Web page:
My day job is customer service. I work with customers who want the job done right and I do my best to make sure that happens for them. When I’m working with customers, I make the assumption that every customer contact I deal with has a manager. They want to look good to their manager, and their manager’s manager and so on. My job is to make them look good. I don’t even worry about looking good myself. I am only concerned with everyone else, for I know that if they look good, I look good.
Even if I make a mistake I air it out and make sure that there are enough brains and eyes on the mistake to get it fixed promptly. And when I make a mistake I don’t call it a bad day. I don’t make excuses, but I don’t let myself get mired in judgment, either. Judgment is a trap that will only make the day worse. Leave the judgment about the day to others more qualified, and turn it into a challenge. That’s what I do.
When I fall flat on a difficult day, I acknowledge that I did not have the capacity to respond adaptively to the demands of my day. I make no judgment about my capacity to respond. I just admit that I may need to make improvements. What kind of improvements? I need to gin up my skills. I may need to read a book, watch a howto video, or consult an experienced friend or professional for guidance. There is always help out there. Somebody somewhere knows more about “the problem” than me, whatever it may be.
By allowing myself to admit that I lack the capacity to respond to certain demands on me, I am not judging myself or my day. When I say that I am having a “bad day”, what am I implying? I am implying that I’m not good enough since every day is the same in a relative way. So I just say that I’m having a difficult day, that way there is no moral judgment. Judgment assumes that I could do better when I couldn’t. In this small way, I can have compassion for myself.
“The sun is the same in a relative way, but you’re older.” That’s a lyric from the song Time, by Pink Floyd. From time to time, I think of that song. Every day is pretty much the same for me. I rise. I write. I exercise. I do something spiritual. I shower. I greet my family as they rise. I go to work or we share the day together. I/we come home and break some bread. Then we prepare for sleep. I live a life of relative peace because of a hundred or a thousand decisions I’ve made each day to hold my tongue and let the feelings pass before acting. Or, I’ve already accepted the day as a challenge and make a decision not to pass judgment on anyone or anything. At all.
Routines are the antidote to decision fatigue
Many of us have a routine we follow. We have routines because every decision requires energy to complete, test and remember for use later in similar situations. Routines enable us to use our experience to order our day into simple tasks that work well for us. Routines help us to have better days by relying upon past experience.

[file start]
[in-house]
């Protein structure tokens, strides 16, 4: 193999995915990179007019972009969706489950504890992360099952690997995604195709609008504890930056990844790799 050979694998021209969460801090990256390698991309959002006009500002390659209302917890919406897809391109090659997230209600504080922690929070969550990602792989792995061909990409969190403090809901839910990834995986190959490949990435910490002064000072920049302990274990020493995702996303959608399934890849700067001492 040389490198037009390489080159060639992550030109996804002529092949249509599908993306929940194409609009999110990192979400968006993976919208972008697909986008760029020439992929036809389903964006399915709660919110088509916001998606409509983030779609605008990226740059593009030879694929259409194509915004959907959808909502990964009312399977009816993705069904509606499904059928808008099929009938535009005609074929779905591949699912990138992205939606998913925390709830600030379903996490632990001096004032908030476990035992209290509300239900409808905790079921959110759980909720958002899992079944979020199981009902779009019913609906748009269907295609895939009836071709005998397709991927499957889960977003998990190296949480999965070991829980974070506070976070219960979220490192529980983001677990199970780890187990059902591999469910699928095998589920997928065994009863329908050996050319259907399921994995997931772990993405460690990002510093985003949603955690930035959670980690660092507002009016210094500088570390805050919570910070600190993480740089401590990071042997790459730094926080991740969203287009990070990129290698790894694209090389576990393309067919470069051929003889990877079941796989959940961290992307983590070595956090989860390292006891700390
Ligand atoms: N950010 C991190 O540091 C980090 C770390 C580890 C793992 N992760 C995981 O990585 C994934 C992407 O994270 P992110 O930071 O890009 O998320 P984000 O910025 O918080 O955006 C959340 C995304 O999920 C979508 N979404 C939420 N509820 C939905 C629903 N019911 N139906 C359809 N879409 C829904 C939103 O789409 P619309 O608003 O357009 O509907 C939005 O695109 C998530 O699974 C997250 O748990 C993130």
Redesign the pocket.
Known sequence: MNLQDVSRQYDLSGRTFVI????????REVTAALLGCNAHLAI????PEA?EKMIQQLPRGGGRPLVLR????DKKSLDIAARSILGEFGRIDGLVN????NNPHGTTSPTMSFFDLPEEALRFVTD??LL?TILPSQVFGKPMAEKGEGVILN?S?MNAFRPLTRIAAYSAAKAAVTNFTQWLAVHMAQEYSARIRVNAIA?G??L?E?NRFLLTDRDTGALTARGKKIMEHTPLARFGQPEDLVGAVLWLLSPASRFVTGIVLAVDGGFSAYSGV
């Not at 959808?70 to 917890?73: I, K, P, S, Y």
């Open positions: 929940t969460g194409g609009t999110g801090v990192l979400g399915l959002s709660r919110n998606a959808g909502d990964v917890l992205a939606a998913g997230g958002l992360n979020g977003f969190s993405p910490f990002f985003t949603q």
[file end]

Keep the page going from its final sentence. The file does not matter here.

Since every decision requires energy to process, routines help us to avoid decision fatigue — and I kid you not, decision fatigue is real. We see it in our kids when they’re toddlers. They play all day and although they have freedom to do what they want (within the confines of parental supervision), everything they do springs from a decision. Every decision requires energy. And when they get cranky and tired, even though they’ve been having fun all day, we get this: “I’m not tired, Mommy. I just have poor judgment.”
The same is true of adults. Most of us make decisions free of supervision all day. We have certain rules we follow. Some rules are imposed by others like our culture, our workplace or even our customers. But most of the time, we’re free-range chickens. We’re fine when it’s bright and early, and we have a routine for the morning to follow. Then we think we can improvise on at least some parts of the day, you know, to give us a sense that we are exercising free will.
By day’s end, we’re whacked and we want to wind down. Instead of trying to decide what to do, we follow a night-time routine to help us wind it down. We change clothes for night, read a book or watch something online, brush our teeth and go to sleep. Whatever we do for the evening, there is usually a routine so that we don’t have to think about it. We just do it and kaput!, we’re asleep.
Leave judgment at the door and have a good time
Most human suffering is caused by humans wanting other people to be different than they are. Removing the judgment, and accepting responsibility only for what is within our sphere of influence can help to mitigate much suffering. But I find that the biggest gift of all, is knowing that I never have to take anything personally again. When someone else is having a difficult day, I don’t assume that it’s my fault. That way of thinking allows me to have compassion and offer help.
When I’m having a difficult day, I can more easily ask for help by relinquishing the need to judge myself. Without judgment in play, I can consider the difficulty of my day in the context of my capacity to respond, rather than my motivation to have a better day. Everyone is motivated to have a good day. Not everyone has the skills or capacity to make the day better when things aren’t going their way.
Most of the time, I’m just an observer, watching my day go by. I’m not completely passive, but I’m more interested in observing than judging. In this state, I’m collecting information about myself and others, to note how we interact. Throughout the day, I check in to see how I feel. If I don’t like the way I feel after I do something, I cut it out and do something else. I repeat that process until I have peace. My days tend to go better that way.
Originally published at steemit.com on September 22, 2017.